Now even tax preparers aren't immune to charges of taking sides in the Class War.
TIME's Martha C. White reports
on the squabble between TurboTax and H&R Block over the former's depiction of the latter as staffed by itinerant workers and wannabe professionals. Indeed, one Turbo Tax commercial
stars a yuppie-type couple expressing disappointment that their plumber is the same guy who'd done their taxes (with the implication that the plumber-cum-accountant is from H&R Block).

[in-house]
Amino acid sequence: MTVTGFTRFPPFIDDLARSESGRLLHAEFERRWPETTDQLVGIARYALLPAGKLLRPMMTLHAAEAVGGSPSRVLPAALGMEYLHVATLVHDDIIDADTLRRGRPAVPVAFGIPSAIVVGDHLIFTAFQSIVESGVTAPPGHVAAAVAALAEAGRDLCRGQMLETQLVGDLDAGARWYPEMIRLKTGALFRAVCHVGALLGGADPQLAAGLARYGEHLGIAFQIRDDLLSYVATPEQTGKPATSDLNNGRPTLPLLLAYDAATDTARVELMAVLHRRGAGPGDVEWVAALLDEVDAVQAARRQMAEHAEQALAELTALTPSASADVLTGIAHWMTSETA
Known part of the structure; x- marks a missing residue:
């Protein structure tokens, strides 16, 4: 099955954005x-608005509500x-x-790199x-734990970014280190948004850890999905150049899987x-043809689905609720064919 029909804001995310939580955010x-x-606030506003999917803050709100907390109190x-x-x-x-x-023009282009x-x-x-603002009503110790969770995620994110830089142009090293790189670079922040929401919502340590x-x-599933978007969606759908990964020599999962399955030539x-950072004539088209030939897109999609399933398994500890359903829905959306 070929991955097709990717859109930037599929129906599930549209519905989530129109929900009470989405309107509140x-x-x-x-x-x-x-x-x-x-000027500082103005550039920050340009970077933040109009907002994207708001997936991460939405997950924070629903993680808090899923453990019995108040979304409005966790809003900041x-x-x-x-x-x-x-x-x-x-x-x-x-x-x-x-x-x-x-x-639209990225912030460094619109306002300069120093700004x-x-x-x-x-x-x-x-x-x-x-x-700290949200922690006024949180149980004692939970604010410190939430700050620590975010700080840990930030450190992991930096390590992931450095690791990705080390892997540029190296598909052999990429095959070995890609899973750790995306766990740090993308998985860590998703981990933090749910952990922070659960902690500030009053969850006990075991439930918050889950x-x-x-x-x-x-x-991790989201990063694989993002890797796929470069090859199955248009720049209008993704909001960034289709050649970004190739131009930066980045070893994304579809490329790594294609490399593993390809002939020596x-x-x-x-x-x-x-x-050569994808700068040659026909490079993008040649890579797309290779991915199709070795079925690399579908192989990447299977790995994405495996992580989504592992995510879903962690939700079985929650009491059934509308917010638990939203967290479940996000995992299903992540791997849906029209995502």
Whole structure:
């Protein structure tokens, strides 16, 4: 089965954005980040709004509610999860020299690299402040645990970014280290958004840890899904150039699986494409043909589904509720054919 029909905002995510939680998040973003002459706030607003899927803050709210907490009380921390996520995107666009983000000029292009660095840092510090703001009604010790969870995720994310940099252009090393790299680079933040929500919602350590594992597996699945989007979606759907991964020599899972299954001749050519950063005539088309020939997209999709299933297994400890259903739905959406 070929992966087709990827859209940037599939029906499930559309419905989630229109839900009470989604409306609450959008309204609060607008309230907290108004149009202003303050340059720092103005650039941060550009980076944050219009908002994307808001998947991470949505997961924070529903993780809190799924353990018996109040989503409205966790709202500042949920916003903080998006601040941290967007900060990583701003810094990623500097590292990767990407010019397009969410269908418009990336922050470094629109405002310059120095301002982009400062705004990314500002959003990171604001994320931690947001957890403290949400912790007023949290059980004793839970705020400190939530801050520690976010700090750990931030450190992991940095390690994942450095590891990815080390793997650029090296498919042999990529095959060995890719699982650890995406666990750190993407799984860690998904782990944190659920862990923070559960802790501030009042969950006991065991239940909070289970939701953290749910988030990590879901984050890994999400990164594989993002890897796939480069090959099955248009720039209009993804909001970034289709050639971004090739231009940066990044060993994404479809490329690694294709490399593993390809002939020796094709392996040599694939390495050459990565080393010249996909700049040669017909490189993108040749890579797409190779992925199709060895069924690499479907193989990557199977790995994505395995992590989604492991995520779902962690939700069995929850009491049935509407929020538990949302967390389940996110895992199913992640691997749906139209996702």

The ads have apparently triggered an online duel, with some criticizing the class-based assumptions on display in the ads.
"Why did these commercials touch such a nerve?" asks White. "Because we're confronting prejudices about the competence and intelligence of people who work certain jobs."
It's a prejudice exacerbated by an increasingly educated society suffering from "degree inflation." A college degree is now considered essential for many jobs that haven't traditionally required it. This makes the realization that someone hasn't been to college almost scandalous for some.
"There's a class distinction in the labor market," says one researcher. "Anything you do with a bachelor's degree is a profession, anything with a high school diploma an occupation."